Julie Hatcher and Mike Leonard Research Surveyors for MARINElife (Registered Charity No. 1110884; Registered Company No. 5057367)
Weather: Outbound overcast with sunny intervals
and showers and a brisk westerly breeze.
Inbound mostly sunny with occasional showers and a westerly breeze.
Summary of sightings:
Black-headed Gull Chroicocephalus ridibundus 16
Cormorant Phalacrocorax carbo 3
Gannet Morus bassanus 43
Great Black-backed Gull Larus marinus 5
Guillemot Uria aalge 5
Herring Gull Larus argentatus 13
Kittiwake Rissa tridactyla 47
Lesser Black-backed Gull Larus fuscus 1
Manx Shearwater Puffinus puffinus 10
Razorbill Alca torda 18
Shag Phalacrocorax aristotelis 7
Gull sp. 54
Auk sp. 4
Swallow Hirundo rustica 2
We boarded the ferry as it was coming light and made ourselves comfortable for our departure through Poole Harbour and out past Studland Bay and Old Harry Rock. Once clear of land we were welcomed to the bridge by Captain Stephen Crowe and his crew to begin our survey.
The weather was dry but fairly overcast with a westerly breeze blowing. Conditions were challenging for wildlife spotting and bird sightings were few and far between. However, we soon recorded a Gannet and further on some Manx Shearwater crossed just in front of the ship and the odd Razorbill was seen sitting on the water, diving when we got close.
Razorbill (Library photo: Peter Howlett)
The cloud broke up as we sailed south and the sun was shining as we departed from Guernsey towards Jersey. The glare on the water ahead made surveying tricky but we saw various gulls and a few Cormorant as we approached Jersey. A couple of Swallow were flying close to the entrance of the port.
As we left Jersey for our return voyage the sun was shining in between the odd heavy shower and we were treated to a wonderful display of rainbows above the islands. Following a brief stop at Guernsey we headed north again past Alderney and the Gannet colony at Ortac, although there were surprisingly few Gannet to be seen there. As we approached the mid-Channel we started to spot lots of seabirds, both flying and sitting on the water. We scoured the surface for dolphins but did not spot any fins on this occasion. However we recorded quite a number of Kittiwake, including juveniles, a few Gannet and plenty of Razorbill. These kept us busy for about an hour as we sailed on past a stream of birds, some flying in small groups but mostly resting on the water.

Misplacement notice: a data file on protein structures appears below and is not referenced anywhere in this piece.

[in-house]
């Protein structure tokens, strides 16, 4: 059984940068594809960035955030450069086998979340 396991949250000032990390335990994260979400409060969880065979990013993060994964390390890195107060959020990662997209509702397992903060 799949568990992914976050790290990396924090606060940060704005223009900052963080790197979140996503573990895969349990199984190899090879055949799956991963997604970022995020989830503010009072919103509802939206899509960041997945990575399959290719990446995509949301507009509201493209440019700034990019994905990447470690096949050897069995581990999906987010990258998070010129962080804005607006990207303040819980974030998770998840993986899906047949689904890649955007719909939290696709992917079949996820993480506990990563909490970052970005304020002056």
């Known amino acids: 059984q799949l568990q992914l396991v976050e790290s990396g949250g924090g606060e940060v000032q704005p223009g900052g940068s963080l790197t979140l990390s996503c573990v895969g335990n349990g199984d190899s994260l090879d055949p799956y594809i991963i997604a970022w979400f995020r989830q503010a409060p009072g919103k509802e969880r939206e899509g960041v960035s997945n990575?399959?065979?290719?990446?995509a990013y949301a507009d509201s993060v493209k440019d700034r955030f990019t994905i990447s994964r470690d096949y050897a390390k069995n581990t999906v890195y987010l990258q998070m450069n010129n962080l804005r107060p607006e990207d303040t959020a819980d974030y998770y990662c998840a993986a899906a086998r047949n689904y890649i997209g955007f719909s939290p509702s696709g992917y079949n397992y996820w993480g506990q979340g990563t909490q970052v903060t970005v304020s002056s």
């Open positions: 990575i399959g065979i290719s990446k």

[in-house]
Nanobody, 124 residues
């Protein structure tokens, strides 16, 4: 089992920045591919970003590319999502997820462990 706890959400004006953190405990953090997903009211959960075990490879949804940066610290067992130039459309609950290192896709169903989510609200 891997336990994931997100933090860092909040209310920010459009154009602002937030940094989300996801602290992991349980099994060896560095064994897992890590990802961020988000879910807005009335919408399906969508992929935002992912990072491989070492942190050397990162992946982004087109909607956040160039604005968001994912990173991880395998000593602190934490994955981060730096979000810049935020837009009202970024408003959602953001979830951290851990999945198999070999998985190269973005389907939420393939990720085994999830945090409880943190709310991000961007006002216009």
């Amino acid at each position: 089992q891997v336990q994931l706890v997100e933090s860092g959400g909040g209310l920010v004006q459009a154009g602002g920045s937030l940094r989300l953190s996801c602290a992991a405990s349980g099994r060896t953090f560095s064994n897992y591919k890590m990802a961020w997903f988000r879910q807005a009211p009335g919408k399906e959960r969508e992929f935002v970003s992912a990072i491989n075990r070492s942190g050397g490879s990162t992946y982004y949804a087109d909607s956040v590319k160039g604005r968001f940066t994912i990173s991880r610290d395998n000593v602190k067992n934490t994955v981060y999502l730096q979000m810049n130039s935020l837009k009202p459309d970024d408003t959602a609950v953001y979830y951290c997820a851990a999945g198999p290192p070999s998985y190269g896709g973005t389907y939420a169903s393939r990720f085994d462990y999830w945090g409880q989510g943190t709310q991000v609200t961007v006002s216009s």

Kittiwake (Library photo: Peter Howlett)
After an enjoyable day but with evening approaching, we ended our survey at the entrance to Poole Harbour. Many thanks to the Captain and crew of the Condor Liberation for their hospitality.
MARINElife/Guernsey WLO Christine Arnold
Weather: Sunny and strong breeze with occasional rain showers.
Summary of sightings
Great Black-backed Gull
This trip departed earlier than scheduled so we were able to see The Barfleur all illuminated tied up nearby Condor Liberation. Unusually there were two of us on board as I had been joined by WLO co-ordinator Glynis Northwood-Long. It was lovely to have her for company and hear her all her wildlife stories and explore Guernsey with her. There was good visibility and we went on deck handing out the MARINElife leaflets and chatting to the passengers. One man was telling Glynis about his wildlife encounters on board and they also discussed the recent news of the Humpback Whale making its way into the Thames River.
Several young and adult Great Black-backed gulls were circling along with a winter plumage Sandwich Tern this side of Brownsea Island. On the lagoon we saw Grey Heron, Great Black-backed Gull, Cormorant, Gadwall, Shoveler along with one Spoonbill fishing in the middle. The duck numbers are really increasing now ready for the winter. As we entered the Swanage bay area the ship gained speed and I heard a wagtail calling overhead.
As we entered the English Channel we saw a good number of Gannets. There were still many juveniles in their all dark plumage along with adults. The highlight of the trip was a rainbow, one end of which ended directly above Casquettes lighthouse. It was such a wonderful sight like something out of a dream or a fairy-tale. We saw several rainbows throughout this trip.
The NKT Victoria (Christine Arnold)
As we approached Guernsey we passed the NKT Victoria anchored off shore, she had just finished laying a new electricity cable between Jersey and Guernsey.
Once alongside in St Peter Port harbour we disembarked walked around the harbour and out along the breakwater to the lighthouse and looked out to sea. We lost track of time and were startled when we heard the bang from the noon day cannon and laughed at ourselves when we realised what it was!
Castle Cornet breakwater (Christine Arnold)
On our return walk along the breakwater we heard a Rock Pipit and saw a well camouflaged Turnstone amongst the seaweed and stones. We were also surprised to see several people swimming. We noticed that the bathing pools seem to have been upgraded and there was some machinery doing some work on the beach.
We wandered down through the arcade and went into an eatery called The Terrace which boasts wonderful views of Herm, Jethou and Sark and we marvelled at the many small sculptures of varying themes within the garden. We collected our boarding cards and then watched Condor make her way back in.
On the return journey we went around the back of Alderney which was very picturesque and a first for me to see it from a different perspective. We chatted to passengers and enjoyed the food from Casquettes bistro. The Dorset coast looked very welcoming as we approached and coming back into the harbour it was evident that there was a lot less boat traffic than before on my July WLO trip. Thanks to Condor Ferries and the crew of the Condor Liberation for the support and assistance.